specific propositions.

Nevertheless many of them can be subjected to a con­

siderable degree of factual verification.
(a) If substitutability as betwee .1 different maturity sectors of the
market is characteristic of the behaviour of important elements on both the
demand and supply sides of the market, one would expect the market in general
to move as a whole, i.e., one would e::pect that the broad movements in the
amounts of funds loaned in the long, intermediate and short areas would usually
be in the same direction, and that the broad movements of interest rates in
the various maturity sectors would also be in the sane direction.

One would

expect that divergent movements as between maturity sectors would be less
frequent in occurrence and of shorter duration when they occurred.

This is

completely in accord witii observed market behavicar.
(b) If the effect of arbitrage and dealer portfolio activity is pri­
marily to establish prices and yields that will clear bids and offers in the
different maturity sectors of the market, it would be expected that yield
curves would be continuous rather than discontinuous as between the various

This expectation also accords with the empirical evidence.


sional activity, including arbitrage, results generally in a smooth and con­
sistent yield curve, particularly in the U. S. Government securities market.

- 12 This curve, however, changes its shape from time to time, reflecting the
presence of differential supply-demand pressures in various sectors of
the market.

In other words, substitution and profersional activity have the

effect of linking the various maturities sectors into an organic whole but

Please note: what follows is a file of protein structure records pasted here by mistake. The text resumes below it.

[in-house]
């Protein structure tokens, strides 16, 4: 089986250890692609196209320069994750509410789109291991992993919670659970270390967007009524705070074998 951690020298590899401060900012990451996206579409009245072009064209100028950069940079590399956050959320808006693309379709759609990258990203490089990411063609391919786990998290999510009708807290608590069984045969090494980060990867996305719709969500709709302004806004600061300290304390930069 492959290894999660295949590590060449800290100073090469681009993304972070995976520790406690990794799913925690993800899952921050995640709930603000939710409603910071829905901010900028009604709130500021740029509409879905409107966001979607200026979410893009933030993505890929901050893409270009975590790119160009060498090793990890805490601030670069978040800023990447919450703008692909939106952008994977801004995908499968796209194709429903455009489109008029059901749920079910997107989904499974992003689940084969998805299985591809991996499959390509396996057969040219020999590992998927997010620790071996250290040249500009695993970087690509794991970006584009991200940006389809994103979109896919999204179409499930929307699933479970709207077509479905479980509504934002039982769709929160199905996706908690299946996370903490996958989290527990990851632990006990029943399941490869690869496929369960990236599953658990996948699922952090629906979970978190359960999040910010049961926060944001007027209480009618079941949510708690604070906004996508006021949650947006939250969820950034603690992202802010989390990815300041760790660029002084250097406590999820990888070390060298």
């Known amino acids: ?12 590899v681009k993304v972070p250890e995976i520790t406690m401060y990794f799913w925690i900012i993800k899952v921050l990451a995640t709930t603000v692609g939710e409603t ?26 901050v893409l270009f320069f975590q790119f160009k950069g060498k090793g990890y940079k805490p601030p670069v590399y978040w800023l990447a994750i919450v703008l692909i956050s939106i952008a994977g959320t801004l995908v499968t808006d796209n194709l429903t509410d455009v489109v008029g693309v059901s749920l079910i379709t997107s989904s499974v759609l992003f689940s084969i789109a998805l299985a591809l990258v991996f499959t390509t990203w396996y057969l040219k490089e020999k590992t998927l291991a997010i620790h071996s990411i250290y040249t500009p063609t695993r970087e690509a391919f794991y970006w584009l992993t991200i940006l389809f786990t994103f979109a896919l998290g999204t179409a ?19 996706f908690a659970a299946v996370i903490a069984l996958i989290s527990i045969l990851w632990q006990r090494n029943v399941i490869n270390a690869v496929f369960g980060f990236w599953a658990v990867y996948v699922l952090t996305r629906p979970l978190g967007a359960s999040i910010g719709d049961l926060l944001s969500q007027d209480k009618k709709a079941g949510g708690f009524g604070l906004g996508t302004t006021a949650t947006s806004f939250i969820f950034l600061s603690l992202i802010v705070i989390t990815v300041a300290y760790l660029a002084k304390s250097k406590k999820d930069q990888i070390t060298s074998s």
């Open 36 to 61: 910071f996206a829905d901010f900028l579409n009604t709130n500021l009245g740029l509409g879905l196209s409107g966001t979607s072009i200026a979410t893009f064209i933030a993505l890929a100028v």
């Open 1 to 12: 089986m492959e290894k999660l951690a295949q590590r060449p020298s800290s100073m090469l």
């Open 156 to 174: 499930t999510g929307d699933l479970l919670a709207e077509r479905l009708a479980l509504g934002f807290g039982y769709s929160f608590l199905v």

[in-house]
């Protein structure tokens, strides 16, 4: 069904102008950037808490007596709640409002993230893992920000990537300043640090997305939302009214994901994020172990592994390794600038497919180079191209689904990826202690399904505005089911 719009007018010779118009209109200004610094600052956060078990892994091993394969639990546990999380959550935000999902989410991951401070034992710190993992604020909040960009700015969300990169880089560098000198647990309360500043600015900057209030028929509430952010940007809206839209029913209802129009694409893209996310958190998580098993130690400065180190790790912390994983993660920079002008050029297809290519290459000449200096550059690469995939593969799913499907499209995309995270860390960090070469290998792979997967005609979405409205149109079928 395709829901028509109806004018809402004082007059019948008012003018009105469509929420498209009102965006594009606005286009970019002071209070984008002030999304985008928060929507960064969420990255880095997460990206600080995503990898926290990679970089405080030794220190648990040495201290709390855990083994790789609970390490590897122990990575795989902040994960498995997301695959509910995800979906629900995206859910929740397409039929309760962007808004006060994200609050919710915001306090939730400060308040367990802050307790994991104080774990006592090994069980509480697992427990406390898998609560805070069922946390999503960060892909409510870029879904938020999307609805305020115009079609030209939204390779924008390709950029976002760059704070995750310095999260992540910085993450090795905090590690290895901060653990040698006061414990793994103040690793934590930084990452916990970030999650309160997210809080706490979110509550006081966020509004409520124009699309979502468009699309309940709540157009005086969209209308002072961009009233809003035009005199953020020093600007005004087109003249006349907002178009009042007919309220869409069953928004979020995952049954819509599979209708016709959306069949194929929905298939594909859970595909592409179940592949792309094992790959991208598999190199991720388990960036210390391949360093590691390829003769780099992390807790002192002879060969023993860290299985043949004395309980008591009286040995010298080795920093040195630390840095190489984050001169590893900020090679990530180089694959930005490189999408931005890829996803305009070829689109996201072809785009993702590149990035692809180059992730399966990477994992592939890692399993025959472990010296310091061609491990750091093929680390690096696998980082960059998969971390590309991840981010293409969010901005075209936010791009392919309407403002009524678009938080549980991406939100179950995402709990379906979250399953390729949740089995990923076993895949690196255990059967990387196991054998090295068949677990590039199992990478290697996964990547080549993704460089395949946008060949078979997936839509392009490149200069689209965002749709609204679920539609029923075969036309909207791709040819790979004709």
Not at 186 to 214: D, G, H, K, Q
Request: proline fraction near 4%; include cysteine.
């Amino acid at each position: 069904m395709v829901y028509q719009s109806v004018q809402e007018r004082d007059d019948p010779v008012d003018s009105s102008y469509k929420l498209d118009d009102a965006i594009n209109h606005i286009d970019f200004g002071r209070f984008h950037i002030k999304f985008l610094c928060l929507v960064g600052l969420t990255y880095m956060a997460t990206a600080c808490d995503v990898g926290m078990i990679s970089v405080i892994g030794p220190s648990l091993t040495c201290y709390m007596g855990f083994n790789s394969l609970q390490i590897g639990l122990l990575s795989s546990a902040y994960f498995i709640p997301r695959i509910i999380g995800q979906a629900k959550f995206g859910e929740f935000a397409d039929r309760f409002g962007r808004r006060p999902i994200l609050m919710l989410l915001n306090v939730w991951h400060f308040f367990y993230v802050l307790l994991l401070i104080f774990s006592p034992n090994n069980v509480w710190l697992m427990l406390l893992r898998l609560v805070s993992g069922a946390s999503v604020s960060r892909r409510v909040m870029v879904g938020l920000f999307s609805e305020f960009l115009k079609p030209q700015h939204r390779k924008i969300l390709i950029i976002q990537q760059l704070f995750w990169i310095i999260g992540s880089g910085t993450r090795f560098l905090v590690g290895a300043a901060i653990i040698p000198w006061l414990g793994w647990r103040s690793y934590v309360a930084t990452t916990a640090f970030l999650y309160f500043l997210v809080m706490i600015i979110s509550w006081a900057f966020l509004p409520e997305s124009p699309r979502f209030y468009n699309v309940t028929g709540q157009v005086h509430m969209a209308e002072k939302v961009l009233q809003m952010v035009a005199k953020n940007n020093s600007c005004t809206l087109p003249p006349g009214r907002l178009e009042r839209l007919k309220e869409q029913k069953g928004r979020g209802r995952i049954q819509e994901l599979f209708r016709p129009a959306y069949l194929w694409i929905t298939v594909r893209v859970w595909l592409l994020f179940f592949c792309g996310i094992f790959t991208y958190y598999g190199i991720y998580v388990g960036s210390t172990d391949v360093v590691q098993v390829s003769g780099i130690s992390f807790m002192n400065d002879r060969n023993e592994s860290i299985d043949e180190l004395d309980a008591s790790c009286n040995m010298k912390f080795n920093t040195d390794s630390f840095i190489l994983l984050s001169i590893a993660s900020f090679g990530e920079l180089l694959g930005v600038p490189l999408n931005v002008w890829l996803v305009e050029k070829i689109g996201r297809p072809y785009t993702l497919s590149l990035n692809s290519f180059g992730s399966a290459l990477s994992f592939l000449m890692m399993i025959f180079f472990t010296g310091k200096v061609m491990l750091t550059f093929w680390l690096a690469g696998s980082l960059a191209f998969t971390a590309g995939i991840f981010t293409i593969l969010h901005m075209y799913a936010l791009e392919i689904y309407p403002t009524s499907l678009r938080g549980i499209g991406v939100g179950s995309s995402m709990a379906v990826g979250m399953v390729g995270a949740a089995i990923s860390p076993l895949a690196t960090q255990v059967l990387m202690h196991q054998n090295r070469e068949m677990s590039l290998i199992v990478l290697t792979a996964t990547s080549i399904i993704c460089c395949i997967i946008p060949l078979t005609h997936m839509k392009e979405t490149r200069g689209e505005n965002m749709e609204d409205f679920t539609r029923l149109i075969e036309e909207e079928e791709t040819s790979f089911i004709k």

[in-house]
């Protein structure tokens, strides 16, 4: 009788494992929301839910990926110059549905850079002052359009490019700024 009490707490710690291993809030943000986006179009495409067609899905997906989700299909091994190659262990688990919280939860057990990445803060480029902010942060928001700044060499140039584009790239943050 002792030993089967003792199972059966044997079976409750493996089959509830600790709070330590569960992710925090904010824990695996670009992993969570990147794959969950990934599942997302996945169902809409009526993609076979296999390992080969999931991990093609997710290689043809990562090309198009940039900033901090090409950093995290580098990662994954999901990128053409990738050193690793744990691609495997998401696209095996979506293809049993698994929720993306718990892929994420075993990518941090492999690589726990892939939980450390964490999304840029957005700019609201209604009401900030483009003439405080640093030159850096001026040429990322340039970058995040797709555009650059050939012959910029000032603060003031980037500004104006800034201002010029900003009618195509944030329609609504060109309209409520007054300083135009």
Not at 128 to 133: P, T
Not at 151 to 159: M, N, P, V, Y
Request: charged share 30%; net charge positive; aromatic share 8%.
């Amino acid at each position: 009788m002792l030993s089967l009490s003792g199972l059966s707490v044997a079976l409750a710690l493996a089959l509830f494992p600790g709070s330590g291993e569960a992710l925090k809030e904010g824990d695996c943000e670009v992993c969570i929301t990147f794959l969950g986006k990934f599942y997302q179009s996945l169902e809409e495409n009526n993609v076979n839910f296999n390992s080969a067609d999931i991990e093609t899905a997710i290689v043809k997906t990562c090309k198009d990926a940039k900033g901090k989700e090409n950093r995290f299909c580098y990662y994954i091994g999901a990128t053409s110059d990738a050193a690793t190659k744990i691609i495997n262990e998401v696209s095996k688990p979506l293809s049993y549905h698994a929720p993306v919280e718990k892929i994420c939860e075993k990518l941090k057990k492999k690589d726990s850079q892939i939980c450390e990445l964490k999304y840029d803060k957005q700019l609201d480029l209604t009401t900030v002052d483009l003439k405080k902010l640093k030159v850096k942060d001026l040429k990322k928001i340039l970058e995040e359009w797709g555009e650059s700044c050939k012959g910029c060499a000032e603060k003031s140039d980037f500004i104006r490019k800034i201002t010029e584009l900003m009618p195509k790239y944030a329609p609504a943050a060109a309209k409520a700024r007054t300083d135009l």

not of obliterating completely differential pressures as between them.
(c) If commercial banks with their ability to create money are funda­
mentally important factors in the supply of funds for investment, interest rates
would be expected to be highly responsive to changes in the reserve position
of the commercial banks.

This proposition is in accord with empirical evidence.

(d) In current market reporting, discussion and analysis is confined
preponderantly to noting changes in the demand for and supply of investments
in the various individual markets for bills, certificates, U. S, bonds, municipal
bonds, mortgages, etc., and day-to-day developments are analyzed in terms of
these changes in demand for and supply of specific categories of issues.


if the abstract propositions set forth in the above analysis are correct, a
change in the aggregate volume of free reserves available to the banking system
would be expected to have much more effect upon the availability of funds and,
consequently, upon interest rates in all the various maturity sectors of the
market than would be expected to result from an equal dollar change in the
volume of securities carried in the market.

This would be expected because

the former impact is a multiple one whereas the latter reflects a one for one

In a rough general sense

, the relative impact on interest rates

or security yields of these two factors should be proportional to the reserve

of the commercial banking system.

For example, if the Federal Reserve

System buys or sells a given dollar amount of bills at a time when effective
required reserves average one-seventh of demand deposits, something like

- 13 se v e n -e ig h t h s

of any resulting effect on market yields should reflect

th e

change in the volume of free reserves available to the banks and only onee ig h t h

the fact that the operation was executed in bills and therefore also

changed the volume of bills available for investment in the market.

The same

principles would apply if the open market operations were executed in the long
end of the market*
It is impossible to obtain direct empirical verification of the opera­
tion of these principles from a study of the response of the market to given
open market operations, since such operations exert various types of influence